When writers send me their scripts for evaluation, they sometimes say, “I’ve rewritten this script about a thousand times on my own, and it’s still not working! I’ve gotten a ton of rejections. I am hiring you to read it and give me your honest opinion. Should I give up on it, or rewrite it one more time?” That’s a legitimate question. But it’s not one I can or should answer.
I can certainly tell a writer what’s wrong with his script (and what’s right with it), and exactly what needs to be done to fix it. I will be honest about how much work is really involved for him to turn it into a marketable piece of work. But I never tell someone that he should give up, since there are too many variables involved. I can’t know how passionate you are about your story, or if you are willing and able to do the work that it takes to fix it. And I can’t predict the future or know your capacity for learning and improving. Sometimes, writers really surprise me. A script may seem “hopeless” when I read the first draft, but after reviewing my notes and evaluation the writer comes back with a hugely successful rewrite that goes on to do very well in contests or generating attention.
So I never tell writers that they “ought” to quit working on a particular script, let alone abandon their hopes of becoming a professional screenwriter. But there are general guidelines any writer can use in deciding whether to abandon a project, or persist “until the last dog dies."
Here are my guidelines for when to consider giving up on a script.
ABANDON SHIP ...
1) … when a qualified screenwriting teacher or script analyst tells you that your script is conceptually flawed, and you see what they mean. It’s possible to fix almost any kind of problem in a script if you get the right advice and work hard at revision. But if it’s the concept itself that’s not working, fixing the script will either be impossible, or very difficult. That’s why pre-planning your concept and story is so important.
2) … when you know you don’t have enough time or motivation to do the work it will take to fix it.
3) … when several industry pros read your script, tell you that your story is not working, they all have the exact same “complaint” about it, and you have been unable to fix the problem in rewrites.
4) … if your life circumstances (possible examples: moving, going through a divorce, illness) are such that you really need to set the script aside -- temporarily or permanently -- because you can't focus on it and aren't in the right frame of mind to do the work.
5) … when a high-profile film project is in development or is already out there in the marketplace and it has exactly the same premise as yours and a similar storyline. Will readers of your script say (for example), “Wow! Great! This script is just like Pirates of the Caribbean. It’ll be box-office gold!” or will they say, “Oh, no! This is just like Pirates of the Caribbean. Nobody will go see this movie because this subject has already been done so well and so recently!”? That’s a good question, and one you must answer before investing any more of your time in the story.
6) … if you’re getting too intense about your script, you’re “stuck” and it’s not working, professional script advice hasn’t helped, and you need to take a break. Maybe forever, maybe not.
7) … when in the months or years since you started working on your script, you’ve become a much better writer, and know that your next script will be much better than this one.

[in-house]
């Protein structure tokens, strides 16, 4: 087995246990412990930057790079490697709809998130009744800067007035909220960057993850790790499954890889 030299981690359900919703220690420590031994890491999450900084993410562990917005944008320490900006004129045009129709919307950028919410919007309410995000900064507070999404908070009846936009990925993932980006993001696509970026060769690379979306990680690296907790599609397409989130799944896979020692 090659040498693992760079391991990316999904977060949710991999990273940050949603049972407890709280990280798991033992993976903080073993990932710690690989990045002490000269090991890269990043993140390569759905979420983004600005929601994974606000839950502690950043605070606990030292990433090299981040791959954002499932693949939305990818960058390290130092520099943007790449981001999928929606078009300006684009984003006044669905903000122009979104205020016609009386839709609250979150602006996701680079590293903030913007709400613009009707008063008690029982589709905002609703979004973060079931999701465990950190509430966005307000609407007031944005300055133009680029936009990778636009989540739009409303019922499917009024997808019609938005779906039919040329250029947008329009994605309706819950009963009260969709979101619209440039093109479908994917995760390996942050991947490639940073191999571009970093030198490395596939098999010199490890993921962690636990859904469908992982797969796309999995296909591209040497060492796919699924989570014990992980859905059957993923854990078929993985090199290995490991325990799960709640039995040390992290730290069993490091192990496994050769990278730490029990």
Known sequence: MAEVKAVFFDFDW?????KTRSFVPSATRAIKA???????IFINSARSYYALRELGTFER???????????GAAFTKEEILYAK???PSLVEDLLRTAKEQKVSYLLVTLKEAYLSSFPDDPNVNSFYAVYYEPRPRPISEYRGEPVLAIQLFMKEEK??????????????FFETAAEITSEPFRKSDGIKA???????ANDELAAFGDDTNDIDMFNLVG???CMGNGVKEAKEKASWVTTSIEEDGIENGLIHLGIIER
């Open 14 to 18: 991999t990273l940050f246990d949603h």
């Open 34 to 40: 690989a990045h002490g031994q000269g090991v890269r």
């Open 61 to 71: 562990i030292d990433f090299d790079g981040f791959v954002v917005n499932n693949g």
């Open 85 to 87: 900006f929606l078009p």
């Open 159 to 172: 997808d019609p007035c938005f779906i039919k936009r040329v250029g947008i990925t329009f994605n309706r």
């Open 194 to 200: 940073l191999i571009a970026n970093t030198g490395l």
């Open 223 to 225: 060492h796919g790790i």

8 ) … when you’ve done a large number of rewrites (without the script being under contract) and it’s still not working and not selling. What’s a “large number”? That depends. But, personally, I think that if you’ve done two or three massive rewrites on a spec after getting excellent advice from one or more competent script analysts, and it’s still not working or selling, it may be time to start thinking about moving on.
Certainly, doing 16 rewrites (as some writers have told me they have) on a spec script that isn’t under contract anywhere, is excessive.
9) … when it’s the only script you’ve written or ever plan to write, and you’ve worked on it for years and never shown it to anyone in the film industry. A certain amount of “obsession” is necessary for writers. Too much is no good. At some point, you need to let go of the “baby” and move on. Get your script out there in the marketplace and start work on another one.
10) … if you’re sticking with it just because you quit your day job to write it and don’t want to face the fact that you have to go back to your regular job. Remember: Never quit your day job till you are selling your scripts for large sums of money or getting hired to write screenplays on a regular basis. Better yet: Wait till they give you an Oscar® for screenwriting.
Of course, the caveat in all this is that if you are determined to keep working on or trying to sell your script, you shouldn’t let anyone talk you out of it. But one of the skills you must cultivate if you want to be a professional writer is the ability to accurately judge the quality of your own work and the accuracy of the feedback you are getting on it, and decide on the most productive ways to use your time. Persistence and optimism are necessary traits. But you also don’t want to spend your whole life working on or submitting a script that you will never be able to sell.
In my next blog posting, I’ll give you the ten “signs” that you should keep submitting or working on your screenplay, despite having received rejections.
Keep pitching. See you next month.